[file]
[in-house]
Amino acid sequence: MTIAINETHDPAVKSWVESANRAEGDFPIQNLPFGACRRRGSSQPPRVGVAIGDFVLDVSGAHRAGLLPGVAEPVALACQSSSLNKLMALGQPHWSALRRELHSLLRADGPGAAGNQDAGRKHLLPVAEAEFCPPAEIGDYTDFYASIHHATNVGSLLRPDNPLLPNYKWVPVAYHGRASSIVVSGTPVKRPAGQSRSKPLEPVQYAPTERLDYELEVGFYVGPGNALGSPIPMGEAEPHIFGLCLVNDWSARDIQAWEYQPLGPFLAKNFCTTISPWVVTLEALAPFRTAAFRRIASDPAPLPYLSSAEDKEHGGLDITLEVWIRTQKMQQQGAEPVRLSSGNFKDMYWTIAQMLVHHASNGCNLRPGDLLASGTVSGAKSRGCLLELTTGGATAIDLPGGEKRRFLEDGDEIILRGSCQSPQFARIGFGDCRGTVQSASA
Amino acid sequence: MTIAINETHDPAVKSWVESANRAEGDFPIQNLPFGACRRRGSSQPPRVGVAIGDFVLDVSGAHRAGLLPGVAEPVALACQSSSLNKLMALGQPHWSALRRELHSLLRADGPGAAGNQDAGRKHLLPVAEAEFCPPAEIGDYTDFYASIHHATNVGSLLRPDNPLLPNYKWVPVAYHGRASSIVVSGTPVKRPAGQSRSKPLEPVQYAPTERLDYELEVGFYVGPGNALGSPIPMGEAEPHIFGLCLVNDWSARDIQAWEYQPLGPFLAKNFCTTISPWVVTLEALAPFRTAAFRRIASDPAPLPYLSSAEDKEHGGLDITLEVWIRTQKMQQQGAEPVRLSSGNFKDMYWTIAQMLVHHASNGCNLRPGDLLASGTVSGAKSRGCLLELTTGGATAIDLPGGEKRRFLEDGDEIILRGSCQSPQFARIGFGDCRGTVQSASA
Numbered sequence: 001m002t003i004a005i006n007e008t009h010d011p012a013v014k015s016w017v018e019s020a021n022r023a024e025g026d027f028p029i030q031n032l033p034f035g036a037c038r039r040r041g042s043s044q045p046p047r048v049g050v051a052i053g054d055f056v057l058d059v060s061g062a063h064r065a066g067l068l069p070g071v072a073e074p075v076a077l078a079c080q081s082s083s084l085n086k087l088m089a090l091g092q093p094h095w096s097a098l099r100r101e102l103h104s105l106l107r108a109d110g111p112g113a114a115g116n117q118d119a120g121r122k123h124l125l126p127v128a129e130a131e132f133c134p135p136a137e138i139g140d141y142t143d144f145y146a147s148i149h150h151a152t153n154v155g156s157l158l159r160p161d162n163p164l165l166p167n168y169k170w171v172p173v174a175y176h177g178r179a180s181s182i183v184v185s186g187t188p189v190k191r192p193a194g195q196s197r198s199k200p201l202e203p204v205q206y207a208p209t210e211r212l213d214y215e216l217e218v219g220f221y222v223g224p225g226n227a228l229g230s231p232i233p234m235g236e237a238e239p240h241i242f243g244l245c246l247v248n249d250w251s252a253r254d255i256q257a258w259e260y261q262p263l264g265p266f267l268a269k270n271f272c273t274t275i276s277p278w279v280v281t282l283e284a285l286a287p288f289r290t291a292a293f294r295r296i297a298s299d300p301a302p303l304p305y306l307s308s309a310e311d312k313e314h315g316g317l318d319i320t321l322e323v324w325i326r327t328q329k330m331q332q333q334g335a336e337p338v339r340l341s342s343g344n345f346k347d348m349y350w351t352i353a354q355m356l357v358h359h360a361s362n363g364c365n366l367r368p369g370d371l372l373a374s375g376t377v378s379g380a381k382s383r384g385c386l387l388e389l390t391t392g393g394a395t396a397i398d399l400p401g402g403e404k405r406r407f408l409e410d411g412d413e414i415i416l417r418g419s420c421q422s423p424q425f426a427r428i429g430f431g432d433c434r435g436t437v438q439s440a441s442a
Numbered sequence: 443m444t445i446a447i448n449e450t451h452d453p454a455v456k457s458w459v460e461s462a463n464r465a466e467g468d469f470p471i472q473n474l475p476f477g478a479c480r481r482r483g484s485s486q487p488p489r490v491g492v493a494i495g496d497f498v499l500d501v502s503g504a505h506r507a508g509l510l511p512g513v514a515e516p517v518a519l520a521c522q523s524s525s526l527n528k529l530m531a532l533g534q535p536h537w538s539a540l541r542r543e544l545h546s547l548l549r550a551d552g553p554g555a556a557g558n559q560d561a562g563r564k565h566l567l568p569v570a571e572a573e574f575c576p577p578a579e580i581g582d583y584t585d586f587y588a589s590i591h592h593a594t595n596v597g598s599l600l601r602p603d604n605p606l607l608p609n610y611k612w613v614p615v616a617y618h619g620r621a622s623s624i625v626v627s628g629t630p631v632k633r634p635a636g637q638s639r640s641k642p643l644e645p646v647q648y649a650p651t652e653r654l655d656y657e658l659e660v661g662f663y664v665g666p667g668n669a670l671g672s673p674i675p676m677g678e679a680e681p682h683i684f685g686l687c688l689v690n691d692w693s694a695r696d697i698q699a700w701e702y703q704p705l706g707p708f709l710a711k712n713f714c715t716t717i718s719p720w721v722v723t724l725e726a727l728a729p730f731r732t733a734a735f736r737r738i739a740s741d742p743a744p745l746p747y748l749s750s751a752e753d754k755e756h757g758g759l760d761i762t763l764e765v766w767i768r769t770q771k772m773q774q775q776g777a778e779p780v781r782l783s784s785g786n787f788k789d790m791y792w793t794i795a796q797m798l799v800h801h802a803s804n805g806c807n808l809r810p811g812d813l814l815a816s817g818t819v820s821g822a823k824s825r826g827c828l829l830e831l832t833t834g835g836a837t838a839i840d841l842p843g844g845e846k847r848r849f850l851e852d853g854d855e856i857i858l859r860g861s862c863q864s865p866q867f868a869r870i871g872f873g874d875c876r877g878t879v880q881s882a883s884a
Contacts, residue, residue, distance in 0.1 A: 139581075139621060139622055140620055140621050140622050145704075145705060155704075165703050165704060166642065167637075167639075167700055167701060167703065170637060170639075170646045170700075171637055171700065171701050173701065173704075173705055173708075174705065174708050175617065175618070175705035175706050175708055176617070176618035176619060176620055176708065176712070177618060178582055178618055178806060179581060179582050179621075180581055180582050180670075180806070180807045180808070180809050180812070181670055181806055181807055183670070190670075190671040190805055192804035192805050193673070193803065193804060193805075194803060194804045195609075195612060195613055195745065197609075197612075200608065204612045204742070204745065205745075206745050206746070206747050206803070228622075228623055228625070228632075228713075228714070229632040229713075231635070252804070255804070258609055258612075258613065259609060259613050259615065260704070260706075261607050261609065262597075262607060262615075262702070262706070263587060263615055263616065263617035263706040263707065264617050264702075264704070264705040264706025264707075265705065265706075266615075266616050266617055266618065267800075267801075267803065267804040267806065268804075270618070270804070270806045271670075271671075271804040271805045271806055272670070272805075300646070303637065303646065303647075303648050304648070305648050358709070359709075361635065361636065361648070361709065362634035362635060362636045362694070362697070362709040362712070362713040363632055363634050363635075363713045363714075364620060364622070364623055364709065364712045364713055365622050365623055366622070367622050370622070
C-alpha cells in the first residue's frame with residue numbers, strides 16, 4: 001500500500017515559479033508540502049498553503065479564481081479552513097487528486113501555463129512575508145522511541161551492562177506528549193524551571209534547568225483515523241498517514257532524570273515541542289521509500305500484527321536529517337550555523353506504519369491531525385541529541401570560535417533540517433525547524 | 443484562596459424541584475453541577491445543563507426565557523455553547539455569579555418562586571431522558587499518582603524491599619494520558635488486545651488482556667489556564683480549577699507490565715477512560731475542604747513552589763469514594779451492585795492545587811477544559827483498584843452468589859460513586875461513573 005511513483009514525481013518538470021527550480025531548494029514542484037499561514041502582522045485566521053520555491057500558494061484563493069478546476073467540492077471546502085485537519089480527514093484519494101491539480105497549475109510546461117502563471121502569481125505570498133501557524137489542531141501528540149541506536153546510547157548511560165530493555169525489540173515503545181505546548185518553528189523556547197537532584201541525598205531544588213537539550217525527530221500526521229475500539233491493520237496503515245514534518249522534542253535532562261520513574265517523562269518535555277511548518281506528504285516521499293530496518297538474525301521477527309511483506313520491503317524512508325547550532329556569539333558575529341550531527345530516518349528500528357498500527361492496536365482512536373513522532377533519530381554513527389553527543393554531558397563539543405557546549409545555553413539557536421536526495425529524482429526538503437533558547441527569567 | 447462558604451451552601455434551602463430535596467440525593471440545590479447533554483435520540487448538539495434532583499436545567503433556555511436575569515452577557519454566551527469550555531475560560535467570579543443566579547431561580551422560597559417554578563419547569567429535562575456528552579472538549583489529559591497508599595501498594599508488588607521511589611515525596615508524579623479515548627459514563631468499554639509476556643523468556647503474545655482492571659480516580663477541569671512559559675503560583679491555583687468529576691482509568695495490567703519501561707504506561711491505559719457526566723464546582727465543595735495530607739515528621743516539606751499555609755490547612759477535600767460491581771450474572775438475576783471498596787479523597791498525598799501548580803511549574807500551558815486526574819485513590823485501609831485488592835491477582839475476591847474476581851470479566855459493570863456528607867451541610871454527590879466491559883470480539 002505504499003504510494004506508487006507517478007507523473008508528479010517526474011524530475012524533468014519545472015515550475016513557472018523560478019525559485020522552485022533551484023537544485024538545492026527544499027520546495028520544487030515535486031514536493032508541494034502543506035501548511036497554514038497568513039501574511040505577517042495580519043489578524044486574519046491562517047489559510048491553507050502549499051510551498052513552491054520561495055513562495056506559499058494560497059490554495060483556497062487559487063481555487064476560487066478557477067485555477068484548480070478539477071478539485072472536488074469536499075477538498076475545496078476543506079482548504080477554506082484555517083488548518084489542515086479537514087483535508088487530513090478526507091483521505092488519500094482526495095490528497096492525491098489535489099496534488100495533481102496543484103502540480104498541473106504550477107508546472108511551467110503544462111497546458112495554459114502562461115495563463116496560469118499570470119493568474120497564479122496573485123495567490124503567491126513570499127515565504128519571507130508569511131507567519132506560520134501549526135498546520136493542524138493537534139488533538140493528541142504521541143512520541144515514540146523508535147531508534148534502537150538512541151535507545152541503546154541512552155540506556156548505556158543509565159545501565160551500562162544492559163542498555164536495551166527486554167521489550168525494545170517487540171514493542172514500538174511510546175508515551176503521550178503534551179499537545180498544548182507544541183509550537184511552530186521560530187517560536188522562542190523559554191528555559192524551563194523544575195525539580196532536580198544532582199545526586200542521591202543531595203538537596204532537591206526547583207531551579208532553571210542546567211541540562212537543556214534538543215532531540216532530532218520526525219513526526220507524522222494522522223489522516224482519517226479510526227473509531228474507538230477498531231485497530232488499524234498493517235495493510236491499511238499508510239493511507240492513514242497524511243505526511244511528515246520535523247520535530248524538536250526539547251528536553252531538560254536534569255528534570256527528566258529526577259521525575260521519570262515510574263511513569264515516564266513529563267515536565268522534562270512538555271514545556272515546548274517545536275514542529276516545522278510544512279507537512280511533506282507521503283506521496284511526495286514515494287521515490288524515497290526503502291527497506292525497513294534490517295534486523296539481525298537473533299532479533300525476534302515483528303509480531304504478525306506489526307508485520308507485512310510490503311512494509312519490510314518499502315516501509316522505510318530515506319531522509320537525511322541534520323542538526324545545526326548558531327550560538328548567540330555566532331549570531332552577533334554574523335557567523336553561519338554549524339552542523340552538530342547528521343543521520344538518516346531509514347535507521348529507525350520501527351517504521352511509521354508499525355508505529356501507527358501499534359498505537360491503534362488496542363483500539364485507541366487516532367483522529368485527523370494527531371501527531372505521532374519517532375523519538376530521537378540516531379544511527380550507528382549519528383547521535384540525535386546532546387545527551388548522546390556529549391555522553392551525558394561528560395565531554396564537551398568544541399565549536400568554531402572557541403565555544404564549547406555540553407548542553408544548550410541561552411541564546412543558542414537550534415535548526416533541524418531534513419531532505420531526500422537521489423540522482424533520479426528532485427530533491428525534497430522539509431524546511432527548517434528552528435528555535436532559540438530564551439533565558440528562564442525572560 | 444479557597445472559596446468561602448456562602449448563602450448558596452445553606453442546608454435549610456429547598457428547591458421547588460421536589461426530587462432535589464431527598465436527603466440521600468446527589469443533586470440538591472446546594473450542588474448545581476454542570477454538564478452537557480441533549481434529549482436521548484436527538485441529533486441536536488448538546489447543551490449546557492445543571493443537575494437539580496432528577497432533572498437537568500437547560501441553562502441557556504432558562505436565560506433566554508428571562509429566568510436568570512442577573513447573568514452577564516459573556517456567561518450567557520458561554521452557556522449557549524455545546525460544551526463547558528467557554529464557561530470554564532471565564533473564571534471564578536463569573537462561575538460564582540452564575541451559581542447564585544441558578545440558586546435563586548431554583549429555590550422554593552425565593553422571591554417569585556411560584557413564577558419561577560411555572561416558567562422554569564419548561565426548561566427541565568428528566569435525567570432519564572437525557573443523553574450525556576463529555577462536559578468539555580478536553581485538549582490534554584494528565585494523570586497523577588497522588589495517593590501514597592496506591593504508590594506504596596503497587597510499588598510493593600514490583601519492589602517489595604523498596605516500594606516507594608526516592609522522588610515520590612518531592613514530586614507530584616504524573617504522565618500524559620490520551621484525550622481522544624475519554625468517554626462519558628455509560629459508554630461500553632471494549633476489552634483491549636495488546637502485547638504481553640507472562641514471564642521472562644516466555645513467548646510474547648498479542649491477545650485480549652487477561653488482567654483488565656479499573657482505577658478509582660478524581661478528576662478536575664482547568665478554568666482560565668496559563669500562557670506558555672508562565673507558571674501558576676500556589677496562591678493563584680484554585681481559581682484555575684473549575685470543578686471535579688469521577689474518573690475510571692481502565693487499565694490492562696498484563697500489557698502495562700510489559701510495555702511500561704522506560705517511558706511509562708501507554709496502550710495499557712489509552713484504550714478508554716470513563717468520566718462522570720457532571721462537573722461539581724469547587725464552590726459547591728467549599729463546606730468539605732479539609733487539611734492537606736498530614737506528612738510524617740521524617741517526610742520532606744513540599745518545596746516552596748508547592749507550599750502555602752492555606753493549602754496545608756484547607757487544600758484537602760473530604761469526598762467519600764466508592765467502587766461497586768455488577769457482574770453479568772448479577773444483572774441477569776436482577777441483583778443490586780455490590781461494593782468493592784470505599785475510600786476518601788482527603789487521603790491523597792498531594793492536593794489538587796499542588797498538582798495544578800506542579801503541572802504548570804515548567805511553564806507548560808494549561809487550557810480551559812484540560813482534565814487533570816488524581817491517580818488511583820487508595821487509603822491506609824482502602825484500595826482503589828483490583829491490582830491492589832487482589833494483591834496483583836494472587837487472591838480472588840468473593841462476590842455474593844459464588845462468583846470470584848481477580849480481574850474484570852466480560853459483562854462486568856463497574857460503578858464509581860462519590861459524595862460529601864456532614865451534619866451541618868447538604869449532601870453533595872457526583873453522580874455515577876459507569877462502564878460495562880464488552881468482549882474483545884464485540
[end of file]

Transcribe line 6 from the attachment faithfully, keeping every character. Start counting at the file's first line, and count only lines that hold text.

Contacts, residue, residue, distance in 0.1 A: 139581075139621060139622055140620055140621050140622050145704075145705060155704075165703050165704060166642065167637075167639075167700055167701060167703065170637060170639075170646045170700075171637055171700065171701050173701065173704075173705055173708075174705065174708050175617065175618070175705035175706050175708055176617070176618035176619060176620055176708065176712070177618060178582055178618055178806060179581060179582050179621075180581055180582050180670075180806070180807045180808070180809050180812070181670055181806055181807055183670070190670075190671040190805055192804035192805050193673070193803065193804060193805075194803060194804045195609075195612060195613055195745065197609075197612075200608065204612045204742070204745065205745075206745050206746070206747050206803070228622075228623055228625070228632075228713075228714070229632040229713075231635070252804070255804070258609055258612075258613065259609060259613050259615065260704070260706075261607050261609065262597075262607060262615075262702070262706070263587060263615055263616065263617035263706040263707065264617050264702075264704070264705040264706025264707075265705065265706075266615075266616050266617055266618065267800075267801075267803065267804040267806065268804075270618070270804070270806045271670075271671075271804040271805045271806055272670070272805075300646070303637065303646065303647075303648050304648070305648050358709070359709075361635065361636065361648070361709065362634035362635060362636045362694070362697070362709040362712070362713040363632055363634050363635075363713045363714075364620060364622070364623055364709065364712045364713055365622050365623055366622070367622050370622070